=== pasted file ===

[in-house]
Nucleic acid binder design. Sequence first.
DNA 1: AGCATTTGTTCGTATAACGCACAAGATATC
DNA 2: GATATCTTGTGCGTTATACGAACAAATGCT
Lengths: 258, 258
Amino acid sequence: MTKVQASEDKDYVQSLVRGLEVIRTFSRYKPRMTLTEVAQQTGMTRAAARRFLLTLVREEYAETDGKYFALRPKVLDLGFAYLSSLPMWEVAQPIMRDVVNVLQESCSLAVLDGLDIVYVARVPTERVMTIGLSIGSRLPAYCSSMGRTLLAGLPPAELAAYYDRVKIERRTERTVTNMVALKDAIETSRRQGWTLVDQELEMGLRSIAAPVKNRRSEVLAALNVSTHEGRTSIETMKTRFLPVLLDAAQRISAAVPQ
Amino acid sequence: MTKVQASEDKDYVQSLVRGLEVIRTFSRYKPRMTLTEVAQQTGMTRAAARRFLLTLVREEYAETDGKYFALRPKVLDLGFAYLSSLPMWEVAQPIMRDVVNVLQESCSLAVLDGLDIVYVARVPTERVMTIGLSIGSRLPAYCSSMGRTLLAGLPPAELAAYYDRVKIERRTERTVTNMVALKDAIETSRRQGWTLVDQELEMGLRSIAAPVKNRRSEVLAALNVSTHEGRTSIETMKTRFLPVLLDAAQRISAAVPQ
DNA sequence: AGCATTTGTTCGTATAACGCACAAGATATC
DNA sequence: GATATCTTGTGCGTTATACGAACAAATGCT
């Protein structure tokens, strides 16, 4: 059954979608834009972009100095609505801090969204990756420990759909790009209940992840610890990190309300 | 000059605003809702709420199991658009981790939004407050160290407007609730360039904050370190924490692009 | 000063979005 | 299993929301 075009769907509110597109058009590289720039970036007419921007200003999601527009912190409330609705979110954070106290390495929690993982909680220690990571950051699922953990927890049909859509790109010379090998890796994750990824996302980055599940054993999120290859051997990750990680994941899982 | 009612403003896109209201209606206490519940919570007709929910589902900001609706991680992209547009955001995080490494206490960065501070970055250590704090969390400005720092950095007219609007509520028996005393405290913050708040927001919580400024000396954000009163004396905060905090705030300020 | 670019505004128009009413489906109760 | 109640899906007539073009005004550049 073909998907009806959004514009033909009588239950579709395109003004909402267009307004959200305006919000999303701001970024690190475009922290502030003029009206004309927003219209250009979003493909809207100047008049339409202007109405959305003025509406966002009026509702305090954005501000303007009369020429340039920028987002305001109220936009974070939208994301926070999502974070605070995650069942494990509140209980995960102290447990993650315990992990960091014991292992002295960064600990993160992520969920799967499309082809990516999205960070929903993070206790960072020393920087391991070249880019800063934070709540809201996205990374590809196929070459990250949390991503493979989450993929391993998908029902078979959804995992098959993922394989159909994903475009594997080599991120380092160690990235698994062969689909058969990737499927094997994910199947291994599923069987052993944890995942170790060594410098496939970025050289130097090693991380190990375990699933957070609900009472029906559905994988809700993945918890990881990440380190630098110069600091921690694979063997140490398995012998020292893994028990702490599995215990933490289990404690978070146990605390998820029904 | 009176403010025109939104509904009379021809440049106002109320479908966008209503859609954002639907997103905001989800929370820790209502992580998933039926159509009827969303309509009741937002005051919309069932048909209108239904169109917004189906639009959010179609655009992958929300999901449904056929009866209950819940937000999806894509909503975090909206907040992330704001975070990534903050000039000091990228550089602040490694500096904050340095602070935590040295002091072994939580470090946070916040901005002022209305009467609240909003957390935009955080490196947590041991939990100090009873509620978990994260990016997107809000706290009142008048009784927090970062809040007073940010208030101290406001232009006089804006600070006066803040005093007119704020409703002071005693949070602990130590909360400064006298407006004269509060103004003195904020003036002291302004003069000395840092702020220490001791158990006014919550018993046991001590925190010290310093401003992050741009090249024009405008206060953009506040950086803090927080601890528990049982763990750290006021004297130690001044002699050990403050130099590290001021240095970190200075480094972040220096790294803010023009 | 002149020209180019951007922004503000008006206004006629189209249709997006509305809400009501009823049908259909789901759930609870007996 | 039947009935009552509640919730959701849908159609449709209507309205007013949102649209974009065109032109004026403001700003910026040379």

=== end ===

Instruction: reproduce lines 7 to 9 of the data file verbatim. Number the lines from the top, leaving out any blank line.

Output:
Amino acid sequence: MTKVQASEDKDYVQSLVRGLEVIRTFSRYKPRMTLTEVAQQTGMTRAAARRFLLTLVREEYAETDGKYFALRPKVLDLGFAYLSSLPMWEVAQPIMRDVVNVLQESCSLAVLDGLDIVYVARVPTERVMTIGLSIGSRLPAYCSSMGRTLLAGLPPAELAAYYDRVKIERRTERTVTNMVALKDAIETSRRQGWTLVDQELEMGLRSIAAPVKNRRSEVLAALNVSTHEGRTSIETMKTRFLPVLLDAAQRISAAVPQ
DNA sequence: AGCATTTGTTCGTATAACGCACAAGATATC
DNA sequence: GATATCTTGTGCGTTATACGAACAAATGCT